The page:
- Thorough understanding of customer context helps innovate ways to serve unmet needs.
- An outside-in approach insures businesses against risks due to market changes.
- Organisations embracing the outside-in perspective are likely to adapt and thrive.
Oftentimes, organisations are caught up in internal issues and lose sight of what is changing in the market. A customer-centric “outside-in” view helps address that issue, by systematically looking at the entire organisation from the perspective of customers. It is a preferred approach to rethink and redesign your business.
Insure against market changes
An outside-in approach helps organisations insure against a number of risks. It makes sure organisations stay on top of market changes. You can avoid situations where your agile competitors are already ahead of you without you knowing it, or miss an opportunity that may have created new businesses or saved costs. This approach is like a guide book to a tourist in a foreign country: it enables you to make the most out of the journey.
Organisations often get all too excited with the novelty of an emerging service or product idea. They allot big budgets to develop new offerings and build its marketing campaigns and sales strategies. However, the approach to a successful innovation requires an iterative fail-early-fail-fast approach. This means actually going in the market and testing out small scale ‘pilots’ with real customers. Low-resolution pilots can considerably help organisations learn and make ideas tangible, which would then be launched as successful services.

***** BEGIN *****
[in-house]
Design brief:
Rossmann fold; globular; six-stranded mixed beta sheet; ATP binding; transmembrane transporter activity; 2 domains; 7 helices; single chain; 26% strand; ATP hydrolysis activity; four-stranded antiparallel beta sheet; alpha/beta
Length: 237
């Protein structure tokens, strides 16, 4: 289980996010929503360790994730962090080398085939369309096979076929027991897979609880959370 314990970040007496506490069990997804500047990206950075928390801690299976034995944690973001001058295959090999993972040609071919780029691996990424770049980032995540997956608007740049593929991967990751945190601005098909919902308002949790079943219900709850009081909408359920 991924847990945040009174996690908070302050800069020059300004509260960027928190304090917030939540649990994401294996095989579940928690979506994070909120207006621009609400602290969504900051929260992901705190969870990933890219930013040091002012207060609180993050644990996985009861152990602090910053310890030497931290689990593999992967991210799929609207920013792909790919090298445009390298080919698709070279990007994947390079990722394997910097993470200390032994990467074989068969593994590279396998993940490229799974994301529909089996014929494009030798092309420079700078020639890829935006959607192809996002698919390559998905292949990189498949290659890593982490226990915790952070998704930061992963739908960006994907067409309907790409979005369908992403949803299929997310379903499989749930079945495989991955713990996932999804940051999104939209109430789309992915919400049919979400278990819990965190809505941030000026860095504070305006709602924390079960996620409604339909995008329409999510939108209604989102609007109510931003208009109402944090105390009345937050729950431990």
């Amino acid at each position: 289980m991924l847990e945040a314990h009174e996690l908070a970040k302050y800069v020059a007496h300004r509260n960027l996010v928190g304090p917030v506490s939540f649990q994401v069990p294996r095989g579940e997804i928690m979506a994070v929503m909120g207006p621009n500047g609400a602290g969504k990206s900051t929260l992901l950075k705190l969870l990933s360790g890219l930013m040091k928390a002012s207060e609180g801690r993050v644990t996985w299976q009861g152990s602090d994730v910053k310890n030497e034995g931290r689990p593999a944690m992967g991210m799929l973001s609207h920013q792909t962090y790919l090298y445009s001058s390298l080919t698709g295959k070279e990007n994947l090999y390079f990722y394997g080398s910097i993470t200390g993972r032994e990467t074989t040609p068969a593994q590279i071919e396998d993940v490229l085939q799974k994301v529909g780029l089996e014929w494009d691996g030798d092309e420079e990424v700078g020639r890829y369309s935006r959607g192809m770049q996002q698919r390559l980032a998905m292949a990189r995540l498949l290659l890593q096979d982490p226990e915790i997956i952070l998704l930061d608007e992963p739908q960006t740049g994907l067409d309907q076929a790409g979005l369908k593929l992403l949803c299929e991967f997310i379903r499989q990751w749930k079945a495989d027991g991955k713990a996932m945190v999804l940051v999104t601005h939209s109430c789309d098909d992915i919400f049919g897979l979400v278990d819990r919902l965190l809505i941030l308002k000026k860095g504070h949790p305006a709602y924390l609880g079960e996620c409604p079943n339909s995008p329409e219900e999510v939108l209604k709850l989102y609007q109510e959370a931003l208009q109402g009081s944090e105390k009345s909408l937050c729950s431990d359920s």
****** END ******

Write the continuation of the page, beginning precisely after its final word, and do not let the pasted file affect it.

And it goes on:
Understand customer problems
An outside-in view helps organisations become aware of customer problems and the paths towards solutions. One of the good questions to ask is: “What are the actors and factors influencing our customers?”
For instance, this approach helped an energy company realise that regulatory changes had caused customer churn to increase, and helped it explore solutions.
Innovate to serve unmet needs
When organisations thoroughly understand their customers and the world they live in, they are more capable of identifying customers’ unmet needs, generating new ideas and creating value for customers. An important question to ask here is: “What are customers doing and what is relevant to their life and work?” Oftentimes, the answer reveals new revenue sources or business opportunities.
Adapt and thrive
Understanding customers from their outside-in perspective should be seen as a core activity for any organisations. The insights, especially about the actors and factors that shape customer behaviour, are tremendously valuable. Organisations embracing the outside-in perspective are more likely to adapt and thrive.